From small startups like Massachusetts-based Yogasmoga, known for their high-tech fabrics, to widely recognized brands like No nonsense, Made-in-USA apparel and textile manufacturing is in vogue. But that wasn’t always the case.
Apparel was among the first industries to be lost to offshore manufacturing. The trend for the labor-intensive apparel industry began as companies chased cheap labor to low-wage countries forty or more years ago. Today, about 3 percent of our consumption is domestically sourced but the domestic industry is starting to recover. This is good news because eliminating just our apparel trade deficit would reduce the overall trade deficit by $120bn per year or about 25 percent of the total. It would add about 1 million U.S. manufacturing jobs.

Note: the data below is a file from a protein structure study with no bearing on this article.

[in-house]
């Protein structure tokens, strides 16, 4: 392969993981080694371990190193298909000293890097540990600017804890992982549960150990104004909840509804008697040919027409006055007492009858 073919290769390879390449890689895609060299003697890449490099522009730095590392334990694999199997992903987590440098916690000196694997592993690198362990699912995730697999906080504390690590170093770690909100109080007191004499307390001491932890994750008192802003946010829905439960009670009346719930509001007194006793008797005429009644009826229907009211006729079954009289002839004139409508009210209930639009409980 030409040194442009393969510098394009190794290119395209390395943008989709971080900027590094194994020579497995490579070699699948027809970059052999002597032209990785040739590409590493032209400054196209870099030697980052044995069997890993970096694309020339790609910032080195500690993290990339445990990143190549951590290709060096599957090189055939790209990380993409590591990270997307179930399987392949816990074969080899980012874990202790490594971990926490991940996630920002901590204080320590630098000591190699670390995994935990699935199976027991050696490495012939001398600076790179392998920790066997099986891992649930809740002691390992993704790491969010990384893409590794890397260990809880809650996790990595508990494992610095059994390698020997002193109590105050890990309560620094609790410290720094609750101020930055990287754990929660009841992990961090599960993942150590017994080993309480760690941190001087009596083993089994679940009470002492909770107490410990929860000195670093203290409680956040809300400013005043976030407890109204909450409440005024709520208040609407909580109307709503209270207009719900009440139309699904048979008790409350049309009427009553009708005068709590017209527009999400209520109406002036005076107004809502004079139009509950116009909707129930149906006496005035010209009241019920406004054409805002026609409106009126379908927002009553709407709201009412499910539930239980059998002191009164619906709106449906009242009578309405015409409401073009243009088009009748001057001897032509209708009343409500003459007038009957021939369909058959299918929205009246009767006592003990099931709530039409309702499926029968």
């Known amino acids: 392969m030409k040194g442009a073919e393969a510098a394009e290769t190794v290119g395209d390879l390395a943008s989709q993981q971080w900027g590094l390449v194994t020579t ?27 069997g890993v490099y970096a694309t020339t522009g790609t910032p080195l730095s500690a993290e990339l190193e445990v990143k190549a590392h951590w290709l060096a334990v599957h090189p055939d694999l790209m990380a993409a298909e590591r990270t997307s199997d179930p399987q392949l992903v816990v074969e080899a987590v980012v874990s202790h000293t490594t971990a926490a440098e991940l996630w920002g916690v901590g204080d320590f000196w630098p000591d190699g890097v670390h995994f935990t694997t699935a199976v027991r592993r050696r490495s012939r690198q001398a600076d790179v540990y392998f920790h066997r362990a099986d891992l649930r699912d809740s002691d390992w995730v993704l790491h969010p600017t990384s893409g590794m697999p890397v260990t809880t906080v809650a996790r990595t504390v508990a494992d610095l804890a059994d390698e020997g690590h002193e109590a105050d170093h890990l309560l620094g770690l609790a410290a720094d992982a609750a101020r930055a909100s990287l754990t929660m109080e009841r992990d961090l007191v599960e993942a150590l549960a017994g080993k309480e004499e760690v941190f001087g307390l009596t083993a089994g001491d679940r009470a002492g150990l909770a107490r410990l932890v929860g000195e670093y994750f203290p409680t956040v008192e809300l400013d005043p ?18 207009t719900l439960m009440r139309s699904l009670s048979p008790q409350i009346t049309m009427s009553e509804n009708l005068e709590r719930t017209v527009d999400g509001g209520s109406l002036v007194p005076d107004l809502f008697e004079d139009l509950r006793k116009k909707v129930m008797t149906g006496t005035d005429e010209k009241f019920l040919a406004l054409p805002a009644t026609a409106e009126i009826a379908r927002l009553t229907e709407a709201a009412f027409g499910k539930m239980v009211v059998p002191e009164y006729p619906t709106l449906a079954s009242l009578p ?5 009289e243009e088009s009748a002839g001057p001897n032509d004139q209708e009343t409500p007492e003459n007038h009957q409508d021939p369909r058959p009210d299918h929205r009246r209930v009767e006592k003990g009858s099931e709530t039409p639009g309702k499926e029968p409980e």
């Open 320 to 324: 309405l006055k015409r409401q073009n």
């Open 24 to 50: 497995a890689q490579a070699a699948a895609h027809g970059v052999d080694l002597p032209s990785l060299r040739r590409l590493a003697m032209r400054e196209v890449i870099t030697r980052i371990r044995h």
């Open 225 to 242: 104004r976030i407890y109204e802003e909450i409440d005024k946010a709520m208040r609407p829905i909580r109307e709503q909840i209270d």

Today, U.S. apparel manufacturing is doing better than expected. Reshoring Initiative data shows that it ranks number six in industries that have reshored with 17,166 jobs by 287 companies since 2010. So what’s changed?
A host of factors are turning heads, like the need for speed, increased flexibility, smaller batches, and smaller inventories. Local sourcing is meeting the needs of today’s “on-demand” apparel consumers. Here are some of the latest reasons that companies are finding a competitive edge in the “local for local”style of manufacturing and sourcing.
Startups: Domestic manufacturing is a strategic approach to guard against counterfeits, quality issues and intellectual property risks. For clothing startups, local for local i.e. reshoring increases efficiencies with smaller batches, offers greater flexibility for customization and style changes and speeds delivery to customers.
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